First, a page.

Wedding Reception Bar Etiquette: Terms to Know
Well, your planning process for your big day is well underway, and now it’s time to think about what kind of beverages you should serve. Unless your guests are all non-drinkers, most of your guests will expect you to have a bar setup and a good variety of wine, beer, and cocktails. What you will serve, however, depends mainly on your knowledge and experience with other weddings you have attended in the past. Factors to consider include the number of guests, time of day, and venue rules - but remember, this is YOUR big day. Your preferences trump almost everything else, so we have put together a quick guide to following rules for the common terms in wedding reception bar etiquette.
If you have a wedding planner, it is customary for him/her to manage the details of your reception bar. If not, a good source of etiquette will come from your caterers. They have the experience and local market knowledge to be able to answer your questions or lead you to other sources of inspiration/information. Just remember, all decisions rest with you, and each decision you make will impact your budget. Here we present some of the key wedding catering terms to know before you begin to put together your plan for beverages at your reception.
We have seen beverage stations grow from quirky ideas to the mainstream in wedding receptions. A beverage station is similar to a food station - each has a particular theme and serves only one type of drink. Think martini bars, margarita bars, signature red wine bars, etc. This arrangement is becoming more popular in both Napa and Sonoma wedding receptions.
Although this type of reception faded in popularity for a few years, it is coming back and is popular with retro and rustic wedding themes. A champagne wedding reception is just what it sounds like; only champagne is served. The term ‘champagne’ was minted in France’s Champagne region, but a few vineyards here in northern California also market their sparkling wine as champagne.
A good rule of thumb for ordering champagne for your reception is to allow four glasses per standard bottle, and three glasses per guest (one for the toast. and two for cocktails). A half bottle per person is also a good rule, unless you are planning on lengthy toasts or if your reception goes late.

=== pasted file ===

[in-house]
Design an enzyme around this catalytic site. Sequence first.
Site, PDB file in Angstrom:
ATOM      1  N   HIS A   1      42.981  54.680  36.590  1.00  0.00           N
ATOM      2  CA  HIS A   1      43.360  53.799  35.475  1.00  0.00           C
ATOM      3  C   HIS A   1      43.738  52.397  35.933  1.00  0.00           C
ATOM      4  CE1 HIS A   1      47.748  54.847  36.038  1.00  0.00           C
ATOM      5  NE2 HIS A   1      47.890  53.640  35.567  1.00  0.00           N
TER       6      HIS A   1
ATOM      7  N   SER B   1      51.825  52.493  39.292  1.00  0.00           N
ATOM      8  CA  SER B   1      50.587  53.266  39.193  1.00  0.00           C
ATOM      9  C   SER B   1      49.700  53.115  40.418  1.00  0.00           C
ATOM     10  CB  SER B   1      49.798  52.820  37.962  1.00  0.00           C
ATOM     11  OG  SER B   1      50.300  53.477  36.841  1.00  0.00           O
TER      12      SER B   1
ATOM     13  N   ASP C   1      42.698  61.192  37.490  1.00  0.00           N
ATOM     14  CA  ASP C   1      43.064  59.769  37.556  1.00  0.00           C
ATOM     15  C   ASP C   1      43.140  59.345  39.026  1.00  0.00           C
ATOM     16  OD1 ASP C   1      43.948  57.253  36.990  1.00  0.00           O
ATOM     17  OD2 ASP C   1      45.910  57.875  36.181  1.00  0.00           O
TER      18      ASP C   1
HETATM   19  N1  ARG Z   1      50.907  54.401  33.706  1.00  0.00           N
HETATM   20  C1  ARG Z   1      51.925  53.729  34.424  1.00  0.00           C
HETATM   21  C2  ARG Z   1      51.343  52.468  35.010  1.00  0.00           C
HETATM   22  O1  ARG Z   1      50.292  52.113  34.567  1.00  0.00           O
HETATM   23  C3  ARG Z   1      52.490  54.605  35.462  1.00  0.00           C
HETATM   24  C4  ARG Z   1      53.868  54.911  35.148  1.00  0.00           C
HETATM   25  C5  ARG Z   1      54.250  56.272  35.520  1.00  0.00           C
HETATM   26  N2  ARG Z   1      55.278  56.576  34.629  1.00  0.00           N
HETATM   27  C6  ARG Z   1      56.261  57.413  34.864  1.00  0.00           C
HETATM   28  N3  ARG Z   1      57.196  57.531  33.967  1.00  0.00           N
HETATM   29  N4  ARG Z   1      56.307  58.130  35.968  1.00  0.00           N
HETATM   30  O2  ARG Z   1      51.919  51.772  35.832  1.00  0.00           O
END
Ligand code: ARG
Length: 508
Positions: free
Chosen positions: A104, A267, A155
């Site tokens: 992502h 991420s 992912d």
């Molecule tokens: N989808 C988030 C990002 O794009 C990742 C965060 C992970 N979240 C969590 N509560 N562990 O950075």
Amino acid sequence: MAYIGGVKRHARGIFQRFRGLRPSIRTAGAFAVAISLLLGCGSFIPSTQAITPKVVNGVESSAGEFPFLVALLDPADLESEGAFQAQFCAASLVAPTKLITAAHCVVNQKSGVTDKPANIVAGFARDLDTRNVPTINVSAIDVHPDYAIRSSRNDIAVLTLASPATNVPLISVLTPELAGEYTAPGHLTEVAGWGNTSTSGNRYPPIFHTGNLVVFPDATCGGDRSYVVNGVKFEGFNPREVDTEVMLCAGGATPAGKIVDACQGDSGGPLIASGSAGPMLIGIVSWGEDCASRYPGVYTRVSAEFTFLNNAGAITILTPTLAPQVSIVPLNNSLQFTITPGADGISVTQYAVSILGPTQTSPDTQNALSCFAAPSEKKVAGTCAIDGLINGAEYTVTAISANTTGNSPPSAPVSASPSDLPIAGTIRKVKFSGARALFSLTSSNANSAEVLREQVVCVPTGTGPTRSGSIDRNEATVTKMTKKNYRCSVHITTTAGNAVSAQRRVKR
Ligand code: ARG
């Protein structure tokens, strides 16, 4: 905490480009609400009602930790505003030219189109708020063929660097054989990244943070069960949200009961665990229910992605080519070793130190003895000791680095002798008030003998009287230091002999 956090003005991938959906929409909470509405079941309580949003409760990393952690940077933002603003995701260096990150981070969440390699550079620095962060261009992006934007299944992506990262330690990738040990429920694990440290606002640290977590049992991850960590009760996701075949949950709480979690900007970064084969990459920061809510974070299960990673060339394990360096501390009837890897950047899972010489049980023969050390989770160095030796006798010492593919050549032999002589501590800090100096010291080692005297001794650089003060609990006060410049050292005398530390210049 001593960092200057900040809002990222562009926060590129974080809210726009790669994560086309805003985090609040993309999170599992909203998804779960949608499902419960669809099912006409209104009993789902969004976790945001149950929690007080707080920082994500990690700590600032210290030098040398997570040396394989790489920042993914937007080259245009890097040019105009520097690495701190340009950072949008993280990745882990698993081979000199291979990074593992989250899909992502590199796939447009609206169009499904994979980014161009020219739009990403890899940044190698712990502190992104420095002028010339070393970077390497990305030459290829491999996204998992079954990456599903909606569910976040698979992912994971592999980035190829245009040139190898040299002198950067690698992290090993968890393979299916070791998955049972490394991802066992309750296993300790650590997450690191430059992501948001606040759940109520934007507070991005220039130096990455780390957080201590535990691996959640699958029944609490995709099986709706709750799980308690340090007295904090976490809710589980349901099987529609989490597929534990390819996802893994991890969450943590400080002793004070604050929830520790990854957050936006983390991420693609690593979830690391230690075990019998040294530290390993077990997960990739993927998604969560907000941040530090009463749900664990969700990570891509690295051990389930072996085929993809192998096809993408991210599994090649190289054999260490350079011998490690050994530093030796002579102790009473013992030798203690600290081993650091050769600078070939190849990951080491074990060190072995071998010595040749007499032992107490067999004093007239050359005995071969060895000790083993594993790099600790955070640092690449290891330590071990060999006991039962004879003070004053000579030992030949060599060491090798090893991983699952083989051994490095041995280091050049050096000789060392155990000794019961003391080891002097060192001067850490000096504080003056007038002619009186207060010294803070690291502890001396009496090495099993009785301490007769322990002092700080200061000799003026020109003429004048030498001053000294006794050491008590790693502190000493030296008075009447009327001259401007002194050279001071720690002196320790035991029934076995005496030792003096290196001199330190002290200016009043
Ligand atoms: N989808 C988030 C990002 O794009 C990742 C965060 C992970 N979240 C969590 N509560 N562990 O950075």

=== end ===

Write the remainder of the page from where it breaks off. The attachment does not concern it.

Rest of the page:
A corkage fee is a charge for opening a bottle you have brought to your reception venue. Some of the wineries in this region require you to buy their wine, in which case they do not usually charge a corkage fee. If you have chosen a restaurant for your reception site, ask ahead of time if they have a corkage fee.
As a rule, we don’t recommend a consumption bar. The term ‘consumption bar’ means the bartenders and servers keep a running tab of each drink served, and you are charged at the end of the night for each guest’s consumption. Unless you have a lot of guests who won’t be drinking, a consumption bar generally costs more than other options.
Mixed drinks are considerably more expensive than a wine and beer bar, but it does allow you to create a signature drink that reflects your taste.
An open bar means your guests can as many drinks as they want and you pay a flat fee per person, per hour.
This term refers to simple, one ingredient drinks that aren’t mixed, stirred or shaken. For example, a vodka over ice would be a poured drink.
These brands are either top-quality, vintage, or rare imported liquors, beers, and wines. This type of bar setup is seen as the most elegant, but it is also the most expensive.
This term means a waiter serves your guests at their table from a rolling bar.
Wine & Champagne Bar
This setup is growing in popularity here in northern California and features local wineries and brands, which range from chardonnays and Bordeaux to zinfandels and Chianti. But don’t forget about your guests who prefer non-alcoholic drinks; make sure you provide sparkling waters and juice.
By understanding the terms and your options, you can avoid a lot of confusion and wedding planning problems before your big day arrives.